A February Face

“Why, what’s the matter, 
That you have such a February face, 
So full of frost, of storm and cloudiness?” 
–  William Shakespeare,  Much Ado About Nothing

February never fails to be seductive,  teasing of spring on a bright sunny day and the next day all hope is dashed by a frosty wind cutting through layers of clothing.  There is a hint of green in the pastures but the deepening mud is sucking at our boots.  The snowdrops and crocus are up and blooming, but the brown leaves from last summer still cling tenaciously to oak branches, appearing as if they will never ever let go to make room for a new leaf crop.

A February face is tear-streaked and weepy, winter weary and spring hungry.  Thank goodness it is a short month or we’d never survive the glumminess of a month that can’t quite decide whether it is done with us or not.

So much ado.
So much nothing.
So much anything that becomes everything.

If Only Bark Were As Soft As the Sky

“If only, if only,” the woodpecker sighs,
“The bark on the tree was as soft as the skies.”
Louis Sachar,Holes_
~

When a shy visitor comes knocking, it is good manners to welcome him with a meal and a smile and a “come back soon.”

It isn’t polite to ask about repetitive pecking brain trauma, concussion prevention and woodpecker tongues that wrap around woodpecker brains as protective cushions.

You can bet I’ll never allow our suet supply to be depleted if it helps lure visiting pileated woodpeckers. He had quite an audience this past weekend.

As Trees Undress

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Everybody here knows what you mean
when you say, “The colors,” especially now,

the second day in October. They know
you’re talking about leaves turning away

from green — as in the yellows of elm and cottonwood,
the red-orange maple, the purple-red ash and aspen gold.

But only because we live here. Someplace else, where a year
is not so divided by seasons, colors

means something else — as in a knitter’s choice of skeins,
a budding artist’s paints for her work

in progress, a chef’s arrangement of aubergines
nestled against purple baby potatoes

and yams as bright as, yes, the turning leaves.
Colors — as in every shade surrounding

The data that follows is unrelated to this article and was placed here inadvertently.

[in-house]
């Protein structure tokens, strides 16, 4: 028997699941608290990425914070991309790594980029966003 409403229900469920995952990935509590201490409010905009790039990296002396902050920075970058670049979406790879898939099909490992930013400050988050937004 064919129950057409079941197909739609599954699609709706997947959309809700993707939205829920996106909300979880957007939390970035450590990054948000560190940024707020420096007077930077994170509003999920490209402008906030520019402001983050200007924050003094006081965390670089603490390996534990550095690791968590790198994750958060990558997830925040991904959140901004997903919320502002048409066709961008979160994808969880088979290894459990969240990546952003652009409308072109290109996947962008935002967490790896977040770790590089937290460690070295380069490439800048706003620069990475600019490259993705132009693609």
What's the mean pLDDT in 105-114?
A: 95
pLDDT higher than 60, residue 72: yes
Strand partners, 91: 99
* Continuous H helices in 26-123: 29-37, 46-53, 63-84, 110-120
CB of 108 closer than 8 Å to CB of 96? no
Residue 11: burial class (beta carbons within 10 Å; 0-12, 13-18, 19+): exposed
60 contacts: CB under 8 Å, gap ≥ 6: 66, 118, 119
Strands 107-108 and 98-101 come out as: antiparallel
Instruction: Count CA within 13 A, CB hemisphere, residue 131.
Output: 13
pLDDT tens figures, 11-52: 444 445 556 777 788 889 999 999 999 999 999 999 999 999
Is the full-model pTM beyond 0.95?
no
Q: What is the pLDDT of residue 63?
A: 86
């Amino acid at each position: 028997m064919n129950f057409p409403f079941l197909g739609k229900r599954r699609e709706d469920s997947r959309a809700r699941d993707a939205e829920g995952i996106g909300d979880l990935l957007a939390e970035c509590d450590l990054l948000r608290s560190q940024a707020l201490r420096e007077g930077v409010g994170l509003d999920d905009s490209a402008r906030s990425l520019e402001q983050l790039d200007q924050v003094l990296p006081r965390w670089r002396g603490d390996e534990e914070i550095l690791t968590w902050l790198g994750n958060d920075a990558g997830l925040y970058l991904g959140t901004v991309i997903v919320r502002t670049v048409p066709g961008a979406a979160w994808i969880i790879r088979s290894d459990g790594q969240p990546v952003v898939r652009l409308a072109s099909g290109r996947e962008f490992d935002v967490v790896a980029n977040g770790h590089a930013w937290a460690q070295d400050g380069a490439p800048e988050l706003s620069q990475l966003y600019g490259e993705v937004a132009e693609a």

the second day of October, the day this year
when my mother would have turned eighty

and I remember that she loved palette words:
ecru,
chartreuse,
fuchsia,
and all the brightest reds
of the turning leaves.
~Monica Sharman, “The Colors” from Monica Sharman Editing

 

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I’m wistful about the flame-out of color happening now – autumn leaves have been so exorbitantly boisterous and vibrant that watching the trees undressed by the wind feels unseemly and scandalous.  They seem more naked than usual because their costuming has been so extravagantly rich for weeks.

I’m depleted of exuberant words to describe the landscape so will just settle in behind my retinas and enjoy what’s left for dessert.  I’m satiated and ready for a nap.

Through the deep of winter, as I close my eyes,  visions of reds and golds and oranges will continue to dance merrily in my head.

 

 

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A Filigree of Nature

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It’s just a leaf. A damaged leaf at that,
clinging to a filbert tree ravaged by blight.
The leaf turns partially back upon itself,
riddled with holes, the traumatic result
of voracious insect appetites.

Damaged does not accurately describe
this leaf, the color of rich burgundy wine,
deep purple veins that branch to the tips
of its serrated edge. The holes open the leaf
to light and air, forming a filigree of nature,
an exquisite fragile beauty.

It makes me think of our own traumas,
how they open us, raw and hurting, humble us,
soften and expand us to the pain of others
and when we are most vulnerable we hold on,
weakened, but not necessarily damaged.

Perhaps it is then our scars become beautiful
and an inner loveliness shines through.
~Lois Parker Edstrom “Fragile Beauty”


–an ekphrastic poem based on my photo above,
soon to be published in her latest poetry book  –
thank you, Lois, for allowing me to share your beautiful words here

 

 

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Nature doth thus kindly heal every wound.